• Closed Accounts Posts: 22,674 ✭✭✭✭ beauf


    GreeBo wrote: »
    People dont want innovation if innovation isnt required.
    What percent of innovations actually result in something that makes money for the company, 1% ...

    If you have metrics on the before and after that's easy calculated. These days I've stopped trying to sell what should be obvious to the clueless. They won't look at the metrics or understand them even if created them. Metrics are handy for promotions and job interviews. That's mainly why I still do them.

    Recently I had to cover for someone else, and got fed to with some insane support they were doing, that now I was getting tasked with. I rewrote a bit of code here on a couple of systems, changed a couple database jobs, changed the workflow slightly. End result its no longer generating work items for 4 or more people and generating any of the associate support emails and calls back and forth.

    I don't really care what the value of this is for organision. I only care that I'm no longer interrupted by this dumb task.

    Most of the projects that innovate that I've been involved in have mostly been successful. It's usually the ones that stifle innovation and lateral thinking, that fail. Oh and also those run by business heads out of their technical depth. Often because they simply don't know how to run a project or take advice.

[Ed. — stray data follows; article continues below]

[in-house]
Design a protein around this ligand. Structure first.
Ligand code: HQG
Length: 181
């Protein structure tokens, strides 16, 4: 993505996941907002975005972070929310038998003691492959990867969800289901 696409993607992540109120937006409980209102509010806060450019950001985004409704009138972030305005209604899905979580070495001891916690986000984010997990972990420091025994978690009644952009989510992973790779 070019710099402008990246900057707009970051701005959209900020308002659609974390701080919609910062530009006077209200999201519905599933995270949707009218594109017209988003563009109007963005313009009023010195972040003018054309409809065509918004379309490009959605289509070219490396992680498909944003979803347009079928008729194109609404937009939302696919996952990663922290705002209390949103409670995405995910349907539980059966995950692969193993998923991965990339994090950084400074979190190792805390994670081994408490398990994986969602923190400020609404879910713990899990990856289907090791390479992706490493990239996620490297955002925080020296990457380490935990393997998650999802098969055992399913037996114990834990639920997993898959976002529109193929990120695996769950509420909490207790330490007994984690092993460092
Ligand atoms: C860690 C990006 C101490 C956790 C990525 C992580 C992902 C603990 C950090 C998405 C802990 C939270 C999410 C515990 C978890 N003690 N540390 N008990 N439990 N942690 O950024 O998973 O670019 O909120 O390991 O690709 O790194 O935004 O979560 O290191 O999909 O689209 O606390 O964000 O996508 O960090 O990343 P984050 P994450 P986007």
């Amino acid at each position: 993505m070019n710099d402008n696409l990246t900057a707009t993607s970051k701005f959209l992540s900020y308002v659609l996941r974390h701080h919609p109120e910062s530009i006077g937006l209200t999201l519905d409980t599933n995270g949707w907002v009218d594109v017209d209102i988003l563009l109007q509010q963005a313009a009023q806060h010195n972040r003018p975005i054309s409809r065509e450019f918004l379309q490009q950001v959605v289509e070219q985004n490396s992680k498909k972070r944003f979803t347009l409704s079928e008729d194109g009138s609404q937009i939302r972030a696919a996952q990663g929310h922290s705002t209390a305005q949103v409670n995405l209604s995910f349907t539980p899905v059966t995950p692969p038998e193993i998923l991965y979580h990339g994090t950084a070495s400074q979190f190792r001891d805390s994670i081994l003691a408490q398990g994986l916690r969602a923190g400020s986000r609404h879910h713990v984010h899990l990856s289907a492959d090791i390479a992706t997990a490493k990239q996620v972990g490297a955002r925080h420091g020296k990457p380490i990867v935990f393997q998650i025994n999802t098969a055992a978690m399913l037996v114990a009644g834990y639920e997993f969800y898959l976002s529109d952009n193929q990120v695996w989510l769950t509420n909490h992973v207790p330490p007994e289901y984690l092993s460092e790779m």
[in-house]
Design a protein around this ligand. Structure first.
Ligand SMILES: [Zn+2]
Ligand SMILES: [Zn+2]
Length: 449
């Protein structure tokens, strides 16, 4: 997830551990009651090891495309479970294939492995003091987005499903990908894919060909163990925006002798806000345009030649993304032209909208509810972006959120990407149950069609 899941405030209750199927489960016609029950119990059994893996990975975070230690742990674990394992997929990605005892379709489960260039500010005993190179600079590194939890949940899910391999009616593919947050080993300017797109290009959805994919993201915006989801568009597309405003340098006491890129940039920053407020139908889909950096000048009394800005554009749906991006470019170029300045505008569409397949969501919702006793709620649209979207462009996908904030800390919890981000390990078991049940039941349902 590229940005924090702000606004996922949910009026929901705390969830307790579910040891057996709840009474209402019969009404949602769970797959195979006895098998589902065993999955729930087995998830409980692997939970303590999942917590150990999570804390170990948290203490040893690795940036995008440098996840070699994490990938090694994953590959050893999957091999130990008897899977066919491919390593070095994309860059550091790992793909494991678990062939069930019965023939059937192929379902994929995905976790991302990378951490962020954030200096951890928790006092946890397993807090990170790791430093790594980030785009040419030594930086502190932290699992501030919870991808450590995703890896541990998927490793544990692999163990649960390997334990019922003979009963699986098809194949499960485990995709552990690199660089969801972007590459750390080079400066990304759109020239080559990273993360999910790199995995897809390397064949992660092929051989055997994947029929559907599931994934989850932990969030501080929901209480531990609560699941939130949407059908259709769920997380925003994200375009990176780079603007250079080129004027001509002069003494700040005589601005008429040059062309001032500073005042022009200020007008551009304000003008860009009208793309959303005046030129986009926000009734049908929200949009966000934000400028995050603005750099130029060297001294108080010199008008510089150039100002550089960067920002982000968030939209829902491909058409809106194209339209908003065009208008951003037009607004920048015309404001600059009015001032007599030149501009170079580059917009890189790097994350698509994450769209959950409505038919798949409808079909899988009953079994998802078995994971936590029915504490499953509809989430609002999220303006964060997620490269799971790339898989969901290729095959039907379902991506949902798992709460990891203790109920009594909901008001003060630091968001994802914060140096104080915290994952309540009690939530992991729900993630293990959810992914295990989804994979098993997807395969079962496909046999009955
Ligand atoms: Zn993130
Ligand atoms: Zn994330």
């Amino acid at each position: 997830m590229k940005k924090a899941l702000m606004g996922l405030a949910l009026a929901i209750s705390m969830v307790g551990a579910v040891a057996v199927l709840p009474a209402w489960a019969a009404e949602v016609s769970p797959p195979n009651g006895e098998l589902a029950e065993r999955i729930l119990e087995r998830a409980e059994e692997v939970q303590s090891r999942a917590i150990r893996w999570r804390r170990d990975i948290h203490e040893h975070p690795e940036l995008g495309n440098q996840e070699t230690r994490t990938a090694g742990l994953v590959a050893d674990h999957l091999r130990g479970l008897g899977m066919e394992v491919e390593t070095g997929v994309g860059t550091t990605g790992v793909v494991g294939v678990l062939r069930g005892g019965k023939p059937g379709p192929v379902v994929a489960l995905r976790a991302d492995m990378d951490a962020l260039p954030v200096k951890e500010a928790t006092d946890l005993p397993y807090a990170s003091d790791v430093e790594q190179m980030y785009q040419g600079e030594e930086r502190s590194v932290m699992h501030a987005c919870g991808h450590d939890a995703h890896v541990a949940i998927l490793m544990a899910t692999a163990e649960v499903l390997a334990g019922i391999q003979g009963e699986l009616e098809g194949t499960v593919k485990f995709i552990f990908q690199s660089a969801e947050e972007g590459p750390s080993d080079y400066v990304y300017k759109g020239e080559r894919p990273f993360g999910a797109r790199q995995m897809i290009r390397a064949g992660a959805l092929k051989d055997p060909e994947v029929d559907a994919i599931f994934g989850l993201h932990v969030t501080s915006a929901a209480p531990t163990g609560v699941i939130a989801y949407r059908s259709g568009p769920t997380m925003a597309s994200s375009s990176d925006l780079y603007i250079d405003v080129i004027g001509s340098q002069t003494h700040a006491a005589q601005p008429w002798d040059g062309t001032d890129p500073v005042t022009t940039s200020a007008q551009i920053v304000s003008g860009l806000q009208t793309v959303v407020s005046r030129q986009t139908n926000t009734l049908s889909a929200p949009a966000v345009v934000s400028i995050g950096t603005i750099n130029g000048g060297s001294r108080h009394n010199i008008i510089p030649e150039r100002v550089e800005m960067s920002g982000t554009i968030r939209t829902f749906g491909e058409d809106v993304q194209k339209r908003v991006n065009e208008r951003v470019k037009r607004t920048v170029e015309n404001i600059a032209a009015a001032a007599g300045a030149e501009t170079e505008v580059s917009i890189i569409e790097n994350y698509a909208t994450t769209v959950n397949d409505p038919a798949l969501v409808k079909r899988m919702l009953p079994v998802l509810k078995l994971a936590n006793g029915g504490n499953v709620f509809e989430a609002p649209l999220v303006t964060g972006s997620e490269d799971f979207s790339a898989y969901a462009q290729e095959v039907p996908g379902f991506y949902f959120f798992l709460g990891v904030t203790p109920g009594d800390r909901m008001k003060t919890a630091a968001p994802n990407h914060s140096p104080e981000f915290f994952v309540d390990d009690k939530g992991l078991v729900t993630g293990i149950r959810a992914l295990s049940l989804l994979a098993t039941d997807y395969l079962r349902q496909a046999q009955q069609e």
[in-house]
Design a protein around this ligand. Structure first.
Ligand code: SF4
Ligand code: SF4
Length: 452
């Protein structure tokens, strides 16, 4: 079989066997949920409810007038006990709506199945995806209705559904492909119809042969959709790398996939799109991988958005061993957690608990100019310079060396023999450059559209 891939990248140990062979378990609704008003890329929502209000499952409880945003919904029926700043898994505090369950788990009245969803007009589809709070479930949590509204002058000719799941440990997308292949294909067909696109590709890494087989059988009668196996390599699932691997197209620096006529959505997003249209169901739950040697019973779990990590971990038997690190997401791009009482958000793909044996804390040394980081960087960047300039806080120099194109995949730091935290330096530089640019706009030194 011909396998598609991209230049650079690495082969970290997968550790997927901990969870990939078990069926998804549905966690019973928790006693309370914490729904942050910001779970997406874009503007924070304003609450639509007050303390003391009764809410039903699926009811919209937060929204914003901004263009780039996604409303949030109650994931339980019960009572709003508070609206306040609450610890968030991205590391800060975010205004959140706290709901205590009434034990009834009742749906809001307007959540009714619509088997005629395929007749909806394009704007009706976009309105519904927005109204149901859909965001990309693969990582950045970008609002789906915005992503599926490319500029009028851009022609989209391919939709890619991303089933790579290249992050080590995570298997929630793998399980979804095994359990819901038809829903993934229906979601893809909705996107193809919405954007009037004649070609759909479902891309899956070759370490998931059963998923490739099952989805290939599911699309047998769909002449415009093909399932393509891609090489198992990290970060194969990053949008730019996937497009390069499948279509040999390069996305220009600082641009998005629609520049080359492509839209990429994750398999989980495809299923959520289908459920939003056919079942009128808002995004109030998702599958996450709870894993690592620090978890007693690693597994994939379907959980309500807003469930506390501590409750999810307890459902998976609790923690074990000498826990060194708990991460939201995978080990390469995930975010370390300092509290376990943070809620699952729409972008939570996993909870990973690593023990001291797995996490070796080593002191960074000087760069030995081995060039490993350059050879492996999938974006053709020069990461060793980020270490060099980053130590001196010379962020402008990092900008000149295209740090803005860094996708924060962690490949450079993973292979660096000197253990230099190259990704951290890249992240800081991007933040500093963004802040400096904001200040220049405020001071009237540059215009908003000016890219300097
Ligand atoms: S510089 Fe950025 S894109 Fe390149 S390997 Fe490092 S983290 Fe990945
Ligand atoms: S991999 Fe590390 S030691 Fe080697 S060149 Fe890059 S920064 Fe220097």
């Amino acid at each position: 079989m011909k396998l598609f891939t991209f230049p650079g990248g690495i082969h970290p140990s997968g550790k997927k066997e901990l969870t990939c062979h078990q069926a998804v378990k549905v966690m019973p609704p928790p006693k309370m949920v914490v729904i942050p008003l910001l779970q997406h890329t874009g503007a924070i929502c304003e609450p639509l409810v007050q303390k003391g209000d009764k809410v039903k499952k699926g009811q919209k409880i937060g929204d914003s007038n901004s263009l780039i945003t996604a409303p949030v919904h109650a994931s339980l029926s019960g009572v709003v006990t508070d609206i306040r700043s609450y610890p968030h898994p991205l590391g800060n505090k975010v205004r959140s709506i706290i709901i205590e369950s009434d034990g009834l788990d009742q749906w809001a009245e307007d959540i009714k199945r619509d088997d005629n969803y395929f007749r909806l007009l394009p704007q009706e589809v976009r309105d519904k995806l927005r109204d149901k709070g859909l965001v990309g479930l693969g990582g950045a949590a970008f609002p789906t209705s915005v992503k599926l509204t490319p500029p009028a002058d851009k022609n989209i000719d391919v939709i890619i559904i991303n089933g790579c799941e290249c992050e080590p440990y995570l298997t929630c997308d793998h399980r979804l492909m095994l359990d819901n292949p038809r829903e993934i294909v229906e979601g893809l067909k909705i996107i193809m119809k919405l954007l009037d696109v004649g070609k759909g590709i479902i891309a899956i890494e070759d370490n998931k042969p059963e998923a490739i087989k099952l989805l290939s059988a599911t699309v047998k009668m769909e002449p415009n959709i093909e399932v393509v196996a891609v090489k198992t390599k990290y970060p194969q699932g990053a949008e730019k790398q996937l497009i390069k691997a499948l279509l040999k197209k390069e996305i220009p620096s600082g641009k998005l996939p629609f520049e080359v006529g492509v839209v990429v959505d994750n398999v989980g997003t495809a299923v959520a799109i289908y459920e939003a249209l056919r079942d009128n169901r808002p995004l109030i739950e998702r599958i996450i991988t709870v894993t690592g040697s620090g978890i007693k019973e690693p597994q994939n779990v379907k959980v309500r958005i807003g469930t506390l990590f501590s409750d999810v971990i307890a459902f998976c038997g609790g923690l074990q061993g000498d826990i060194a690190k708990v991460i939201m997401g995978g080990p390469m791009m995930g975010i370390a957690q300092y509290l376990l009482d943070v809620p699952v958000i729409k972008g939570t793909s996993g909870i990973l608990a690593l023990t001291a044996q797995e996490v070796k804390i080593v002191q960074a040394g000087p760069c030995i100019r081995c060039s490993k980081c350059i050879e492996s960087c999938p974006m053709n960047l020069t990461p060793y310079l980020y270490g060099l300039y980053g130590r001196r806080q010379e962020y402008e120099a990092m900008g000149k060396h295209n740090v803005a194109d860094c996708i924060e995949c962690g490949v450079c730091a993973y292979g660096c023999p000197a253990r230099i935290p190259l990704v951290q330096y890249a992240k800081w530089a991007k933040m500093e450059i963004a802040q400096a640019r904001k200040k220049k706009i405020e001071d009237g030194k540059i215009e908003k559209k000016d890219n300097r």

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  • Closed Accounts Posts: 22,674 ✭✭✭✭ beauf


    GreeBo wrote: »
    People dont want innovation if innovation isnt required.
    What percent of innovations actually result in something that makes money for the company, 1% maybe? Theres a reason the IDA gives support for R&D, even to multinationals, its because mostly it goes nowhere.

    If your company isnt in the business of R&D then you trying to solve some business problem via a GraphDB for 12 months and failing miserably isnt going to do much for the future of your company.

    One company I was in the bean counters got control and shut down the RD unit which was probably about 100 people in it. Strong mix of software engineering and creatives.

    Within a year or two that company was in trouble and within two or three years asset stripped and consumed by a competitor. Without RD they didn't innovate didn't keep their product fresh and lost their competitive edge. They'd also lost all the problem solvers once RD was gone.

    If your R&D is not being productive it's not being managed properly.